Civic group born from AvalonBay opposition

An artist's rendering illustrates the proposed AvalonBay affordable An artist's rendering illustrates the proposed AvalonBay affordable housing project in Huntington Station. Photo Credit: Handout

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Opposition to the AvalonBay high-density housing proposal in Huntington Station created the spark that has become the Greater Huntington Civic Group with an expanded focus on issues throughout the town.

The group, formed in 2010, has become a participant in town politics. It helped rally many residents to pressure the town board to vote down the 379-unit Avalon Bay project.

"Once we started to get bigger and bigger, we realized we needed to organize," its president, Steven Spucces, 36, an East Northport resident, said before a recent meeting. "The group is made up of individuals who were very vocal in town matters."

He said membership numbers are in the "hundreds." Board members include town residents John LaVertu, Nick Wieland, Jennifer LaVertu and Lauren Meagher.

The civic group meets on the first Thursday of every month at the VFW Hall on West Pulaski Road in Huntington Station and attracts people of all ages and races, longtime residents and newcomers.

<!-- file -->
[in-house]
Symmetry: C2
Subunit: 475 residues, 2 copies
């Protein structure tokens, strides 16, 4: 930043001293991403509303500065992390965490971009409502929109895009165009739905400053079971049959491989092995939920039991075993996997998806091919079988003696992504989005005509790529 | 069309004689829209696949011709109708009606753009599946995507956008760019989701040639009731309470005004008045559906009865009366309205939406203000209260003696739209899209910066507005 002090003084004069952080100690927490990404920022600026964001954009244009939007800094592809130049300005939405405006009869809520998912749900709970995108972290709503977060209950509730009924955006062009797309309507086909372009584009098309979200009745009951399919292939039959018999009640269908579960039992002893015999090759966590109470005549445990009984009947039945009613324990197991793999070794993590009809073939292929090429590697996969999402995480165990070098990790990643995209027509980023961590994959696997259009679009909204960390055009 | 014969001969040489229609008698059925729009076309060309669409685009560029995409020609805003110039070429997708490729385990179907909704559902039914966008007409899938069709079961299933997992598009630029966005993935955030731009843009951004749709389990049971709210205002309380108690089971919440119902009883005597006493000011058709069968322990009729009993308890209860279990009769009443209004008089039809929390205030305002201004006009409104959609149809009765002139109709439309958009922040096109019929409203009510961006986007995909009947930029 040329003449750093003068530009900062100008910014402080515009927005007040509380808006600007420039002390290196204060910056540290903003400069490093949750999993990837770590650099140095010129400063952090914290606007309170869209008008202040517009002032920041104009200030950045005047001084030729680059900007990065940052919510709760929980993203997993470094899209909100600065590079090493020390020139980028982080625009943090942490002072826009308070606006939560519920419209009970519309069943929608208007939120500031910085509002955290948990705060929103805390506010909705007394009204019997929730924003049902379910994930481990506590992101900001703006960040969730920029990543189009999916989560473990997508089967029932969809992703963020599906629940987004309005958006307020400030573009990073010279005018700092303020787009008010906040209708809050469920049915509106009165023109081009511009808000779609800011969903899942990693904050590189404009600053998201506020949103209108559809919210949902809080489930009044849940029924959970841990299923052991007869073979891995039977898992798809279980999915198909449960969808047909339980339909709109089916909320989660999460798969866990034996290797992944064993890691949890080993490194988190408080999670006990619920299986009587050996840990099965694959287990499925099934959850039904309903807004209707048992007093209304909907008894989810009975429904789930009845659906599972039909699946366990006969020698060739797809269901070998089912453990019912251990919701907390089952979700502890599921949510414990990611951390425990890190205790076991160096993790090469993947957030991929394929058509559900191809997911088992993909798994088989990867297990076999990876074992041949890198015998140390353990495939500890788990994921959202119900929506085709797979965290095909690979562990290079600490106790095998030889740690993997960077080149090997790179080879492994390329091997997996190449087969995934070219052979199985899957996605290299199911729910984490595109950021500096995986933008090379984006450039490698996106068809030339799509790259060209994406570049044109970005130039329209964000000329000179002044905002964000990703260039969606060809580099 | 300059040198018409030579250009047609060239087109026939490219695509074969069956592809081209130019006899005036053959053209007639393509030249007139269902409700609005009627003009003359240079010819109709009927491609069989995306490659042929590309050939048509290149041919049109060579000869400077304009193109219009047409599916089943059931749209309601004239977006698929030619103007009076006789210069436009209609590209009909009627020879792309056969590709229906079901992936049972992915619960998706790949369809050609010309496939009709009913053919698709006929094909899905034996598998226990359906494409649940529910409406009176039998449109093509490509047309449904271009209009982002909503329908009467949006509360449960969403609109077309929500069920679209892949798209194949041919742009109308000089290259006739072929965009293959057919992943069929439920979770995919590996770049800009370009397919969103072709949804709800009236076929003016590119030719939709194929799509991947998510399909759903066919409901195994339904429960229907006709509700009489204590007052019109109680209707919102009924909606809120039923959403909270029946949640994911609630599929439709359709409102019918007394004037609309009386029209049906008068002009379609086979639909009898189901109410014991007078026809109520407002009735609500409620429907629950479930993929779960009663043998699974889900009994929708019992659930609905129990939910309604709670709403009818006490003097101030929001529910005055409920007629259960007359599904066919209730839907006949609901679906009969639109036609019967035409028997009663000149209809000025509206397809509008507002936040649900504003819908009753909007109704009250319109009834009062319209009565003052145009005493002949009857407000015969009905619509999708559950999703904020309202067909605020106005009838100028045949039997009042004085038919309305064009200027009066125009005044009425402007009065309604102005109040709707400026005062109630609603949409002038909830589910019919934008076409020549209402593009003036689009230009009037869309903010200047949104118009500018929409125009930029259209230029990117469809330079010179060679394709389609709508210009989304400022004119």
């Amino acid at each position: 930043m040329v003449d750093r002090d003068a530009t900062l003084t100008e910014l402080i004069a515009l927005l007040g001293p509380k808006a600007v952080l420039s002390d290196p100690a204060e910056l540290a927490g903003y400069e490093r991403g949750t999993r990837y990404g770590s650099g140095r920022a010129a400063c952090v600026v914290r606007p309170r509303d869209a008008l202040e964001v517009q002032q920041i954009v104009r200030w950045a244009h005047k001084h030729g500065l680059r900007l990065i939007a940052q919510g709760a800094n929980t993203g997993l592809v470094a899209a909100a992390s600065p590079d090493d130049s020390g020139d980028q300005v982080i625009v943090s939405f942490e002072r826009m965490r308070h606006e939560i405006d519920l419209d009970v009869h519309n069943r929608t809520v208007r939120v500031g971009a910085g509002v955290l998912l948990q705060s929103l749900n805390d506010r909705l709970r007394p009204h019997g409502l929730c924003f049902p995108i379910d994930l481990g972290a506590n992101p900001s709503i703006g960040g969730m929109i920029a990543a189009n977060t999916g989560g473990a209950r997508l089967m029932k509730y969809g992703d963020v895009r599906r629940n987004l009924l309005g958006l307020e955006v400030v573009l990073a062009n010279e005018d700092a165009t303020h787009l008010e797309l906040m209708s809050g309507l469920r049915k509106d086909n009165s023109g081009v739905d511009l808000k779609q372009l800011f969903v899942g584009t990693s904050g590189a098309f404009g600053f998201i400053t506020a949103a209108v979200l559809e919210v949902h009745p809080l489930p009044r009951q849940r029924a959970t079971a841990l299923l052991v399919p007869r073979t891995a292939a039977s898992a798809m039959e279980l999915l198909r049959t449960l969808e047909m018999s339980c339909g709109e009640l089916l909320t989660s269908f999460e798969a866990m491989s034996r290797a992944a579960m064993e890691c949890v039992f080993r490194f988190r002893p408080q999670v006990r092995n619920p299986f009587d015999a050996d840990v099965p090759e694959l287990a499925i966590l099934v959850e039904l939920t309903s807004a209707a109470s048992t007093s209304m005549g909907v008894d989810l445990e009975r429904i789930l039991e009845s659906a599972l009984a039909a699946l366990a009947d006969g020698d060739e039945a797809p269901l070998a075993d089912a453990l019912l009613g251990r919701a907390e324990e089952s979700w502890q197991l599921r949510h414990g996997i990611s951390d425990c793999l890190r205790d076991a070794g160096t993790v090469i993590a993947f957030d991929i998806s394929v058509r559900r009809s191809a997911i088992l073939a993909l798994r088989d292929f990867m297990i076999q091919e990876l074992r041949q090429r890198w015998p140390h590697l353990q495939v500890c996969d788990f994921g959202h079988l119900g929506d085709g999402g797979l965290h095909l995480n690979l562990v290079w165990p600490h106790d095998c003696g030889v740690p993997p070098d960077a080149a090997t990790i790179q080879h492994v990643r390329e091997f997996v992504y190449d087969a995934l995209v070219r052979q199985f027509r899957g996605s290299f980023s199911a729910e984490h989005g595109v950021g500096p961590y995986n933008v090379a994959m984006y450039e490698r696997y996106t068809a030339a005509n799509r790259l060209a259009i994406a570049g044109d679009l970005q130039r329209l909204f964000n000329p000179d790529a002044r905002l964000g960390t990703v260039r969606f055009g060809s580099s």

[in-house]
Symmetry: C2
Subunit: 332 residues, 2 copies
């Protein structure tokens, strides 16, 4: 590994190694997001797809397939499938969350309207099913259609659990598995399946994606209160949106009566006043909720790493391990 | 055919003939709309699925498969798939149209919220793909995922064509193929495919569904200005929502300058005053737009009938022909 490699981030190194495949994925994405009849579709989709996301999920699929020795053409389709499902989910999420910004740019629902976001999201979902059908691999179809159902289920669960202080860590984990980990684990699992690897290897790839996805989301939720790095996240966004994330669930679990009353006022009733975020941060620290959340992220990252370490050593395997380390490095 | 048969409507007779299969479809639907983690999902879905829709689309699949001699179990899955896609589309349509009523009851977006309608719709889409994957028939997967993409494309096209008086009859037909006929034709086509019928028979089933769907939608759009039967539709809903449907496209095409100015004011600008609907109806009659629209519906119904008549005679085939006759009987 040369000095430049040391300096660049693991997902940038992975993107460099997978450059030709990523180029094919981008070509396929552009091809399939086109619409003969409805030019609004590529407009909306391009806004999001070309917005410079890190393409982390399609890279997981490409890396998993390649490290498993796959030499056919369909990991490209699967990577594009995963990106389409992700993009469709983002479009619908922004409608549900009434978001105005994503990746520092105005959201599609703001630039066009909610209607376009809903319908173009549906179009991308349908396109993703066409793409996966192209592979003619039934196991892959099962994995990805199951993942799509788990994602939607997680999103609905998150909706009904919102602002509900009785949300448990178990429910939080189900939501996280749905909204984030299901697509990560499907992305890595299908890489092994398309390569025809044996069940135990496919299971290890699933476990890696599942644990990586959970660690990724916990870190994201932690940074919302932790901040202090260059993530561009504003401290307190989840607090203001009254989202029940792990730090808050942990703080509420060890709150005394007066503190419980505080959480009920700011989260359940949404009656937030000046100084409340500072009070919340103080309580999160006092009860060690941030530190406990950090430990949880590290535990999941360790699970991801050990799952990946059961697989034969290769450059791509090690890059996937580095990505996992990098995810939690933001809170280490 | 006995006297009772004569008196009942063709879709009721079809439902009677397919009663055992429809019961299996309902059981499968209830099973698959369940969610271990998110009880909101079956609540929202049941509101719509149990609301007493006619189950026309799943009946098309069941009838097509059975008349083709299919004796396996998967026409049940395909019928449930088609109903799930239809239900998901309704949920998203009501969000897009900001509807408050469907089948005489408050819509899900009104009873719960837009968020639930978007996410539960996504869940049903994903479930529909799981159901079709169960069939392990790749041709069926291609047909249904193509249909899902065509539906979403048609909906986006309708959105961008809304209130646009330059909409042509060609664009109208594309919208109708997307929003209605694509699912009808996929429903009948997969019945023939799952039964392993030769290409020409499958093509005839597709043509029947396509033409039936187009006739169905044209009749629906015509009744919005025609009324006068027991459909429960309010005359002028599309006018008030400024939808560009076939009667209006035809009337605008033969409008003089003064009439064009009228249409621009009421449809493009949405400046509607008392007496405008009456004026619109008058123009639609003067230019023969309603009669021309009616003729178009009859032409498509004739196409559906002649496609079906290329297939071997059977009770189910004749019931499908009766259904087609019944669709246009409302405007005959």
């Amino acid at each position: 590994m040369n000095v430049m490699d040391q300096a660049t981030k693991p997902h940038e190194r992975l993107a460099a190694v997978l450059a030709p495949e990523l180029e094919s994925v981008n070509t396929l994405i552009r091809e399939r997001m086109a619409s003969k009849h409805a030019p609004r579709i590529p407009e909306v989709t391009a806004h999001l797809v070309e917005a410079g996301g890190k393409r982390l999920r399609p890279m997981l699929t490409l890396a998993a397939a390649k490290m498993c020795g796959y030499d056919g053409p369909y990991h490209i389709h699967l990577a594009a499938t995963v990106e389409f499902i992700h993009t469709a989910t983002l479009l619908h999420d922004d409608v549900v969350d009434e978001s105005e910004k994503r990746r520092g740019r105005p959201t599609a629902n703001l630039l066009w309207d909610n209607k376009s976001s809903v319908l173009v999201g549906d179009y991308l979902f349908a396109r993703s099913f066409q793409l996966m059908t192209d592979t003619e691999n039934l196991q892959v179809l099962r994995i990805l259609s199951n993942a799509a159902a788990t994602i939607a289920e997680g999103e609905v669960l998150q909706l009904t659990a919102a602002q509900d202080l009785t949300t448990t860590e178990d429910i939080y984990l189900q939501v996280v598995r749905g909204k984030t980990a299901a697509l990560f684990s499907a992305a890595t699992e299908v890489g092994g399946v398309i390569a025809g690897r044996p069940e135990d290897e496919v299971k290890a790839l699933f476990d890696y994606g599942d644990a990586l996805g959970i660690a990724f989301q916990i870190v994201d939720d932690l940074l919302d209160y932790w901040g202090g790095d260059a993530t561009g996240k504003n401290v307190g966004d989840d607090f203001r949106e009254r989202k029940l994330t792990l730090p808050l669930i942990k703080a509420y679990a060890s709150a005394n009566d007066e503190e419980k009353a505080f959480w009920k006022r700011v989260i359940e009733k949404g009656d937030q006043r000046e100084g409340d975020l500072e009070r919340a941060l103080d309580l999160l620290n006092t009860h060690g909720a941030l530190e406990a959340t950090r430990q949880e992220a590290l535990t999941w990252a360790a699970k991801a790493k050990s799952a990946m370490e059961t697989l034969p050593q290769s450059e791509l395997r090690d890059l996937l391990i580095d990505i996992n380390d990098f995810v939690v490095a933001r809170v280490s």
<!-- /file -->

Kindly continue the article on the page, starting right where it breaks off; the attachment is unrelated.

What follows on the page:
Those who attend the monthly meeting are asked to bring food to help supply local food pantries.

The success of their opposition to AvalonBay was short-lived -- the town board came back nine months later and approved a scaled-down version of the housing complex.

In September, the group filed a State Supreme Court lawsuit against Huntington Town and its planning board, developer AvalonBay Communities Inc. and property owner Evergreen Estates in an effort to reverse the board's vote.

The organization favors ownership, single-family homes and even condos instead of high-density and rental properties, Spucces said, and says that projects such as AvalonBay and Matinecock Court, an affordable housing complex that has been proposed for East Northport for more than 30 years, are not right for the community.

Spucces said the organization now looks to address other quality-of-life issues such as safety, school quality, roads and a responsive government.

"We want safe neighborhoods where your kids can run down the street and you don't have to worry about them. Neighbors that you know, that you trust," Spucces said.

Town Supervisor Frank Petrone said he welcomes input from the civic group, and as many other people as want to work toward improving Huntington. "I'm hopeful we will have a very active and positive voice coming from this group," Petrone said. "But we've got to work together and understand each other."

The group on April 21 will host its first Greater HOPE awards to honor Huntington's organizations, people and places making positive contributions to the town.

 

Greater Huntington Civic Group

 

Motto: Preserving the American Dream and Our Hometown

Some goals:

Advocate for more stringent policies and legislation to identify and remove illegal housing.

Promote local small businesses.

Conduct public outreach and education initiatives about the town.

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